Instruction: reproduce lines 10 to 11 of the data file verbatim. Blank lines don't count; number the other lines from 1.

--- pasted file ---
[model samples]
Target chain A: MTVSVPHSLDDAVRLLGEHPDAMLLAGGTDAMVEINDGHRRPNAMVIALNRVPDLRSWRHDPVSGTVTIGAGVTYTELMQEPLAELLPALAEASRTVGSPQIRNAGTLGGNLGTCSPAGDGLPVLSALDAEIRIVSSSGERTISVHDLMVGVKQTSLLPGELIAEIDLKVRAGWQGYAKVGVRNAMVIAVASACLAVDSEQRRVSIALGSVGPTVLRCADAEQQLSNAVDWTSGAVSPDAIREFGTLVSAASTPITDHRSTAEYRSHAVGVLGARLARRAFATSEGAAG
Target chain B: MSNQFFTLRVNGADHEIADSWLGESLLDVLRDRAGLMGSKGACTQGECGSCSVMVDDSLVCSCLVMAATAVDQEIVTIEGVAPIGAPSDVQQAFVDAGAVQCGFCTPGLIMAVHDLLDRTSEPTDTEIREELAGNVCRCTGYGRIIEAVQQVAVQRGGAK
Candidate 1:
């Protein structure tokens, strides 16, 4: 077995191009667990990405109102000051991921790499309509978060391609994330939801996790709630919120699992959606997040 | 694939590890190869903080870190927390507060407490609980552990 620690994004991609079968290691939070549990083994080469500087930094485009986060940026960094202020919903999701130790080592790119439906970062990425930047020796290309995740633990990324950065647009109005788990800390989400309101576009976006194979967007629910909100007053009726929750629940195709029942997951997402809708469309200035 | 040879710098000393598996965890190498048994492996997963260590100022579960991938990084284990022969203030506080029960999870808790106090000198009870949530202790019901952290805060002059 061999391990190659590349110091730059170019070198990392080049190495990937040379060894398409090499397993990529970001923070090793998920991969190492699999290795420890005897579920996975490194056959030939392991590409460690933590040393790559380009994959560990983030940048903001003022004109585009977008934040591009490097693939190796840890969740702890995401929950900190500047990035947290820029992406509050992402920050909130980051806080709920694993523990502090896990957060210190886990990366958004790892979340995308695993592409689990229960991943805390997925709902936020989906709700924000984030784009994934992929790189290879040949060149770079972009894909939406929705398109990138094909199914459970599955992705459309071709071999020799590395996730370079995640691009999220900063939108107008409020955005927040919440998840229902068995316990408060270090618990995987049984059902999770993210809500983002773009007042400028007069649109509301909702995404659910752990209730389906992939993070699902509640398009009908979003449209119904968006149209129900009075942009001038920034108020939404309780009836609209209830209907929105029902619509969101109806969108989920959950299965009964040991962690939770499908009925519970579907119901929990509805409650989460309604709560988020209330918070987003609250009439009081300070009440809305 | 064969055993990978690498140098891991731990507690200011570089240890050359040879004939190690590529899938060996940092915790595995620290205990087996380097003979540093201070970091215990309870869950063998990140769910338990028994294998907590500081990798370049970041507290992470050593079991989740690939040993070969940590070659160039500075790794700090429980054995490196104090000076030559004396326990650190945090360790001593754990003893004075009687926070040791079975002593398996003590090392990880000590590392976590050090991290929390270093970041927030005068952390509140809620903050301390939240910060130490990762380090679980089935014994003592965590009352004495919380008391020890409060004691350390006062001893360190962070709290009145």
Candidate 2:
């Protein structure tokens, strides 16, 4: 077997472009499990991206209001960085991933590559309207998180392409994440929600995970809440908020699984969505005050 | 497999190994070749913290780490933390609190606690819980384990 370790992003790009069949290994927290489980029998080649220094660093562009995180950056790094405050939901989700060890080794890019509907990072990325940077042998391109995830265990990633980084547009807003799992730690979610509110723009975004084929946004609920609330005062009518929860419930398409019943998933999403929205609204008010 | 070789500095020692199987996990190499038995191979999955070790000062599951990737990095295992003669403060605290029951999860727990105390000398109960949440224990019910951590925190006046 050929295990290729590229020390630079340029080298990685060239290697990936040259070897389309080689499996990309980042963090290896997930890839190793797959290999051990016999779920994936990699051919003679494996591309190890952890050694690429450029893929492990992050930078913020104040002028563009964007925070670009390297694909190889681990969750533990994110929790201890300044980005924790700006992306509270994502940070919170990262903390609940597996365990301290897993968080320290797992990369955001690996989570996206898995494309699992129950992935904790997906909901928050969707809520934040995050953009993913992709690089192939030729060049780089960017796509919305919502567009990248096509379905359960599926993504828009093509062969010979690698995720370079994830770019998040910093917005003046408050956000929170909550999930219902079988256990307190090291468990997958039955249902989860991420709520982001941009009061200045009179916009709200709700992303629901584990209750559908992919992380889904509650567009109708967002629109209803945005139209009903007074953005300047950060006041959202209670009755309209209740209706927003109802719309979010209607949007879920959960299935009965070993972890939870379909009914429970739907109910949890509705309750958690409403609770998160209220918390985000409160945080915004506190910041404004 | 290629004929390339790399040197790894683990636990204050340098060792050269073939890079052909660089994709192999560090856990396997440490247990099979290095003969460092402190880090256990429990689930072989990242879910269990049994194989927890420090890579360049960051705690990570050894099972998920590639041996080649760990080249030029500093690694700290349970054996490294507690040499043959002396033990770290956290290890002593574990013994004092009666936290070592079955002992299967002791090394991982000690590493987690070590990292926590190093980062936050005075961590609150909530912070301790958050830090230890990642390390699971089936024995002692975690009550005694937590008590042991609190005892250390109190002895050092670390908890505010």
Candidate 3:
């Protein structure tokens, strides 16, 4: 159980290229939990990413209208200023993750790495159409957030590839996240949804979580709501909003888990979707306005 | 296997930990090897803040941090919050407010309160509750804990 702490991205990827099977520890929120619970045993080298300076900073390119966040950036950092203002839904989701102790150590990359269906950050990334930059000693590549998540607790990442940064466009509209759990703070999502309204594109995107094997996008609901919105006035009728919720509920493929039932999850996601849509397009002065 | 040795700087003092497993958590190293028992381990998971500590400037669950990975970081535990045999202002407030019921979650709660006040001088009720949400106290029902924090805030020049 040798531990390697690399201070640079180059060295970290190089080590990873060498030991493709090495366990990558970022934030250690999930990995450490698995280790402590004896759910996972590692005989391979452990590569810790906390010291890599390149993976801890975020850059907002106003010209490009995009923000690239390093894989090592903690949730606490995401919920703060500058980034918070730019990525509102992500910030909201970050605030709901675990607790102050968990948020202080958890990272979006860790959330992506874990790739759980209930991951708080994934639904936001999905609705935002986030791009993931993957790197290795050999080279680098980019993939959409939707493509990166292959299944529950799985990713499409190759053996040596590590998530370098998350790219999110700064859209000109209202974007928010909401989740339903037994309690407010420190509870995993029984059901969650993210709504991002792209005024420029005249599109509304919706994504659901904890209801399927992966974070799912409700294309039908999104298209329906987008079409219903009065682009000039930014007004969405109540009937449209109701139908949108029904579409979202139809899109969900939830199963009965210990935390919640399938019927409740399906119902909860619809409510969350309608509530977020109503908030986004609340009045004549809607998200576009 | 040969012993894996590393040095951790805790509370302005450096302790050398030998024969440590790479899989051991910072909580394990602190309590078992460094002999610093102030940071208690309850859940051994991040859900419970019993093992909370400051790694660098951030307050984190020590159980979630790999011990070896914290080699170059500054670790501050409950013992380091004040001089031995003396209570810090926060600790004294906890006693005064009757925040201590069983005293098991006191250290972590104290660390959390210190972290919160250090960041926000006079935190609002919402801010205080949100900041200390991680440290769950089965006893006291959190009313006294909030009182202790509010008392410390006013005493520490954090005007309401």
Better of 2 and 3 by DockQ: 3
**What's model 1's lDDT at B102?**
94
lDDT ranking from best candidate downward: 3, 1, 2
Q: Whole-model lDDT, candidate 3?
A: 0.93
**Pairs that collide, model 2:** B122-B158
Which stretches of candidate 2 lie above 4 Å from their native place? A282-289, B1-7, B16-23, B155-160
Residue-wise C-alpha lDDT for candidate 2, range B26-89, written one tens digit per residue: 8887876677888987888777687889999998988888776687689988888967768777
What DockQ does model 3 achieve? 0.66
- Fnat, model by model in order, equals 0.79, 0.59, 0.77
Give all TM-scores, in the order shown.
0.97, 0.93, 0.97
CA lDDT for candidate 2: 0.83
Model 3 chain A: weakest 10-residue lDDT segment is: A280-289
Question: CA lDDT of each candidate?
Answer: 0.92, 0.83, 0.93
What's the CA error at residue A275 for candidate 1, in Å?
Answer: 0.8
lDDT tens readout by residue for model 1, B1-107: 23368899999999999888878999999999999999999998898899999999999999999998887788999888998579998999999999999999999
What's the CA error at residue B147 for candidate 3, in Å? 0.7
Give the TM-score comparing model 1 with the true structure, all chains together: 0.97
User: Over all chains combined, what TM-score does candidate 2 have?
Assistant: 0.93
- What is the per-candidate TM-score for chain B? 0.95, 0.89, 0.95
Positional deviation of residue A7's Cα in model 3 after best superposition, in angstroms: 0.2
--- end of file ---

Better of 2 and 3 by DockQ: 3
**What's model 1's lDDT at B102?**